■n ^ ?cnow ^ believes that the fat which is thus soluble in ether with

^,-ncult7 is a real constituent of the muscle plasma, and states that it is

richer in volatile fatty acids than that from the surrounding connective

tissues. For "Adipocere," see p. 20.

Lactic acids. — Among the oxypropionic acids with the empirical
formula CjHgOg, one called hydracryhc acid, or ethylene lactic acid, CHg
(0H).CH2-C00H, is not found in the body. Small quantities of this
material were formerly described ^ as occm-ring in muscle extracts, but
this is not the case ; the acid mistaken for it was acetyl-lactic acid

The remaining lactic acids are stereochemical isomerides of
ethylidene lactic acid. They are three in number, and differ in optical
activity, and in the solubility, optical activity, and amomit of crystallisa-
tion water in their zinc, calcium, and lithium salts.'^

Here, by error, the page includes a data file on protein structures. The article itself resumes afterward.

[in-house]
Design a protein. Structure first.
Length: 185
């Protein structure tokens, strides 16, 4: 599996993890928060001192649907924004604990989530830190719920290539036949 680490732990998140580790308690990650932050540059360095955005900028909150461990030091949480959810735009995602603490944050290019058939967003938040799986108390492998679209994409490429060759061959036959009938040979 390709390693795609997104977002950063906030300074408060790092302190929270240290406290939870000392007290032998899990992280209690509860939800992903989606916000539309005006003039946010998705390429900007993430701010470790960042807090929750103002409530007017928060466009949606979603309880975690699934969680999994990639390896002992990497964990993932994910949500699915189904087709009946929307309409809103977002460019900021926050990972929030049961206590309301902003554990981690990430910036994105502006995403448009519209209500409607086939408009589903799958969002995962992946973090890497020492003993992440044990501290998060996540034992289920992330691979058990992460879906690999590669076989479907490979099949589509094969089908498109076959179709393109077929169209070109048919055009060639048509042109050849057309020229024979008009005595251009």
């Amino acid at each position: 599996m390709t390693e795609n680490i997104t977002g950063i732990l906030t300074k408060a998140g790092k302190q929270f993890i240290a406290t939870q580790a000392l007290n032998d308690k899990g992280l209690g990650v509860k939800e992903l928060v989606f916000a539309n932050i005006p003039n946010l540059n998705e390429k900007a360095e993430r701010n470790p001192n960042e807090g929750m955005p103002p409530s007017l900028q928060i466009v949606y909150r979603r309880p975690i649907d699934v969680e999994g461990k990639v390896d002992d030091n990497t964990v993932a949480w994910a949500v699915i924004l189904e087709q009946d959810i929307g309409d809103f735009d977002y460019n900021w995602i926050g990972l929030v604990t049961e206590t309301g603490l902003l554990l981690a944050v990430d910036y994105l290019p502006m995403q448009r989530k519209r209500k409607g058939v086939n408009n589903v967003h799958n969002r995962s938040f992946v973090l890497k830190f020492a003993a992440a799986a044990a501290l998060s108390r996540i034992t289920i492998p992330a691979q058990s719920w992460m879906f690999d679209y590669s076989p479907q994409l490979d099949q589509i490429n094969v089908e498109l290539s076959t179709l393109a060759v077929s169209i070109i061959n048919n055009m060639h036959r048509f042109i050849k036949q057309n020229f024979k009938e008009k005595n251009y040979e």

Their- formula is CH3.CH(0H).C00H. The differences between
them are due, according to the theory of Bel and Van't Hoff, and as the
expression stereochemical implies, to the space relationships of the atoms.

The three isomerides are —

{a) The optically inactive acid. This is the ordinary fermentation
lactic acid, wliich occm's in milk when it turns sour ; it has l:)een found
in small quantities in muscle,^ in the grey matter of the brain,^ and in
some cases of diabetic urine. Its most characteristic salts are —

Zinc lactate Zn.{CJi.,(}o).2 + SH^O ; soluble in fifty-three parts of water
at 15° ; in six parts at 100° C. ; almost insoluble in alcohol.

Calcium lactate, Ca(C3H.03)2 + 511^0 ; soluble in 9*5 of cold, and in
all proportions in boiling water. Insoluble in cold alcohol.

Qj) Dextrorotatory lactic acid. — This is paralactic, or sarcolactic
acid. This is the lactic acid ^:>ar coxellence of muscle.'^ • It is found in
the blood,^ particularly after muscular activity.^ It is found in the
urine after muscular activity,^*^ dming diminution of oxidation processes,^^
in phosphorus poisoning, and after extu-pation of the hver.^^ It is found
as noted when we considered them, in many organs and tissues after
death. Its Ijest known salts are —

Zinc sarcolactate, Zn{GoyS.,fio)., + 211.20. Soluble in IT'S parts of water at
15° C, and in 96 '4 parts of boiling 98 per cent, alcohol.

^Arch.f. d. ges. Physiol., Bonn, Bd. Ixv. S. SI.